?Enough is enough!?
?Down with Pakistan!?
?Shame on Politicians!?
Thousands of demonstrators in Mumbai expressed their outrage at terrorist attacks on the vibrant city they love. They were angry at their government for its failure to prevent the attacks. Many called it India's9/11.
During the three-day siege of Mumbai, terrorists indiscriminately and brutally killed more than 170 citizens of 10 nationalities. They targeted the luxury hotels Taj and Oberoi, a Jewish cultural center, a hospital, the central train station, and a popular landmark caf?. For me, as for many others who have lived in or visited that city, it was a rude shock. I have stayed in the grand Taj, an icon of Mumbai, and to see it in ruins on TV was a heartbreak.
This was not the first terrorist attack in Mumbai. Every time it has been struck since the 1990s the city has bounced back, licked its wounds, and moved on. People in Mumbai are resilient. But this time was different because of the ferocity and duration of attacks, the obvious meticulous planning by the terrorists, and the masterful execution.
Tragically, Mumbai joins New York, London, Madrid and Bali as sites of the massive attacks. Within India, it is preceded by violent hits on New Delhi, Bangalore, Ahmadabad, Guwahati, and Jaipur. Mumbai is an open city where Hindus, Muslims, Christians, Jews, and Parsis, people from many nationalities, speaking many languages, have always lived harmoniously. It is a fun-loving city, with Bollywood lifestyle. And India is proud of its democratic traditions and pluralism. Hence, it is hard to ensure foolproof protection.
All that notwithstanding, critics charge that these strikes could have been prevented if there had not been extreme lapses in the intelligence and security systems, especially as American intelligence had reportedly warned Indian authorities of a terrorist plot. But, according to Mumbai'spolice commissioner, Hassan Gafoor, ?There was no specific intelligence? of these attacks. Accepting ?moral responsibility,? officials responsible for India'ssecurity and intelligence have resigned.
Secretary of State Condoleezza Rice and Admiral Mike Mullen, chairman of the Joint Chiefs of Staff, have both visited New Delhi and Islamabad. Their message to the Pakistani authorities is clear: Pakistan must take urgent steps to prevent terrorist attacks across the border from its soil. Rice urged Pakistan to accept its ?special responsibility.? Mullen called on Pakistan to take ?more concerted? action against militant extremists there.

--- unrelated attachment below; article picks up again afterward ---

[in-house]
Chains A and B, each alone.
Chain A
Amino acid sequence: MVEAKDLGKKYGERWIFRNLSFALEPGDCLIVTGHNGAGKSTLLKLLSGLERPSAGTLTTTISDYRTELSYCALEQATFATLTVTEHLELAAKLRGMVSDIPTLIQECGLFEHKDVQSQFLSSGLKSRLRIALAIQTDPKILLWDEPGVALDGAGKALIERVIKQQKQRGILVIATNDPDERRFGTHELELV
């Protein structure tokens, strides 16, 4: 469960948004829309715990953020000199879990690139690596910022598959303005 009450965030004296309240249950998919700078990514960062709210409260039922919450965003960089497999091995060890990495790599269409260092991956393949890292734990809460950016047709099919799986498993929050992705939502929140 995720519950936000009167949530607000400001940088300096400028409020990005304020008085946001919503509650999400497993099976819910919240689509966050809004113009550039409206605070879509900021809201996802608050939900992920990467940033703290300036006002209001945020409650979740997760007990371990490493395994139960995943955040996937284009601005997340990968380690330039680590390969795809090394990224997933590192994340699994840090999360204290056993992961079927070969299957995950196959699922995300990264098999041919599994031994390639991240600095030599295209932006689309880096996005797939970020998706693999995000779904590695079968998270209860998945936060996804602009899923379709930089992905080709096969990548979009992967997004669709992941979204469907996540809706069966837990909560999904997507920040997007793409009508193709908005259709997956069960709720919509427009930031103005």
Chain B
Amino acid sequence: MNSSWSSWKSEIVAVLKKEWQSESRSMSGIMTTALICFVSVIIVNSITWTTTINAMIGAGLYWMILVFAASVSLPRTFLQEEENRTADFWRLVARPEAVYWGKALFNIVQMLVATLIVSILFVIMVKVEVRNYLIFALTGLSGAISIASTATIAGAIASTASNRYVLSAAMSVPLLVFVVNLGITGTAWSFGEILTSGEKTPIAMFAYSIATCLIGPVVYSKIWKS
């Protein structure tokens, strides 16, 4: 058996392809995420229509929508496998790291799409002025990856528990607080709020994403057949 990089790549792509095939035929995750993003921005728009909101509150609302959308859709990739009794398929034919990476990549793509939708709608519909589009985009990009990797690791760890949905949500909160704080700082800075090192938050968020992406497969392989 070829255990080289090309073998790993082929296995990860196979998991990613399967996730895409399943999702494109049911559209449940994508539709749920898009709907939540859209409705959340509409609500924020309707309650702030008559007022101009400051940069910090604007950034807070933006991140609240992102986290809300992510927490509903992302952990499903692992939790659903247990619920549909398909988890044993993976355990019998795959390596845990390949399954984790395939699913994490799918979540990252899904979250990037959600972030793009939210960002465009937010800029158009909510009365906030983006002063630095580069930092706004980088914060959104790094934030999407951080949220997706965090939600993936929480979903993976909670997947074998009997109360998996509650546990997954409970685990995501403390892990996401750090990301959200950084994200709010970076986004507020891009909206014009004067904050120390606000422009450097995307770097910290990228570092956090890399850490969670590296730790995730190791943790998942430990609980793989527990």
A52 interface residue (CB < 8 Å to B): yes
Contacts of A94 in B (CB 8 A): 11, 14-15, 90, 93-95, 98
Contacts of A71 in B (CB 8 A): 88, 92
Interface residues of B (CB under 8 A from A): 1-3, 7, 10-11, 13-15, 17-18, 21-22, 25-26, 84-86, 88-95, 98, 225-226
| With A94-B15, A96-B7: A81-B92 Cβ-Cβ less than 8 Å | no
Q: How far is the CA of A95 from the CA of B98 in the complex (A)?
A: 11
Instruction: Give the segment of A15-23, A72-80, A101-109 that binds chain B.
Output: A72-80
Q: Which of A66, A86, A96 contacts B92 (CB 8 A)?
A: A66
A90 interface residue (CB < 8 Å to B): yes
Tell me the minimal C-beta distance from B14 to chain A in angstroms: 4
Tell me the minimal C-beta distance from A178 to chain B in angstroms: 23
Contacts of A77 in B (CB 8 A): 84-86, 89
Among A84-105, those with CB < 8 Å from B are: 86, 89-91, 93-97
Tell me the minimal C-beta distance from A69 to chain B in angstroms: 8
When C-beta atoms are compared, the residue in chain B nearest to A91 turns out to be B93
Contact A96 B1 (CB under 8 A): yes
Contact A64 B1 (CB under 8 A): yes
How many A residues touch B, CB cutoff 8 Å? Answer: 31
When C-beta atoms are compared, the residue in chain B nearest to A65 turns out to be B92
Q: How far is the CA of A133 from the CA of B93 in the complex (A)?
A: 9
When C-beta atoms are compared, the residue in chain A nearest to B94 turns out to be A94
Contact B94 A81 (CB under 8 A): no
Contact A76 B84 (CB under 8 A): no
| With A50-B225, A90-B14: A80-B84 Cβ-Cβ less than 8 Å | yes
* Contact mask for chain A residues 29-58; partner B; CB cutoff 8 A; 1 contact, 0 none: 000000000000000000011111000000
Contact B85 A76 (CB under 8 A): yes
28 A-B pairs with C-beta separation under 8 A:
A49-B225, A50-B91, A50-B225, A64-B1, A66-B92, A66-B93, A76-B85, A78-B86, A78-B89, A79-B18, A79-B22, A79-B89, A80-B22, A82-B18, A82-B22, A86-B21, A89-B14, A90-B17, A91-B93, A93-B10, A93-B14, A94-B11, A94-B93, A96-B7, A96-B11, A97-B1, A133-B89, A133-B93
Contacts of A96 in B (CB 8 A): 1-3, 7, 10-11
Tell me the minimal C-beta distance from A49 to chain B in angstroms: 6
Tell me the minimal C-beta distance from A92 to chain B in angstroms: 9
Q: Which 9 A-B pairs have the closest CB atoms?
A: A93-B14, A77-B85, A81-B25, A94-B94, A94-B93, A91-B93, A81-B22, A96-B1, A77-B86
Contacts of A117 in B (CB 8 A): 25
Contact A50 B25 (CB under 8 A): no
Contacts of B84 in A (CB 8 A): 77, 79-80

Mumbai has forcefully demonstrated that terrorism is a global scourge that must be met with concerted international action. A bipartisan U.S. Commission on the Prevention of Weapons of Mass Destruction made a chilling prediction of terrorists using biological or nuclear weapons for their attacks within the next five years.
Both American and Indian authorities have named the militant group Lashkar-e-Toiba as having directed the attacks. The attackers came from Karachi in a hijacked fishing trawler, launching a lifeboat to land on Mumbai'swaterfront. The sole surviving attacker, Pakistani national Ajmal Amir Kasab, was trained by ex- army officers at camps run by Lashkar-e-Toiba in Pakistan-administered Kashmir. Pakistan'sintelligence service has been known to nurture militant groups such as LeT, although the new civilian government, led by President Zardari, has said that the intelligence services have been reformed.
Pakistan'sformer prime minister, General Pervez Musharraf, banned LeT as Pakistan joined the U.S. led ?war on terror,? but the group has kept functioning. A successor organisation, Jamaat-ud-Dawa, a charity with a militant wing, has been allowing LeT members to continue running camps to train extremists.
Musharraf did not deliver on his promise to combat militants in Pakistan, and India asserts that he did not show good faith. Hence, India demands more effective measures ? and Pakistan must deliver this time.
(The author is a distinguished Professor and director of International Legal Studies Program, University of Denver, USA. He can be contacted at [email protected])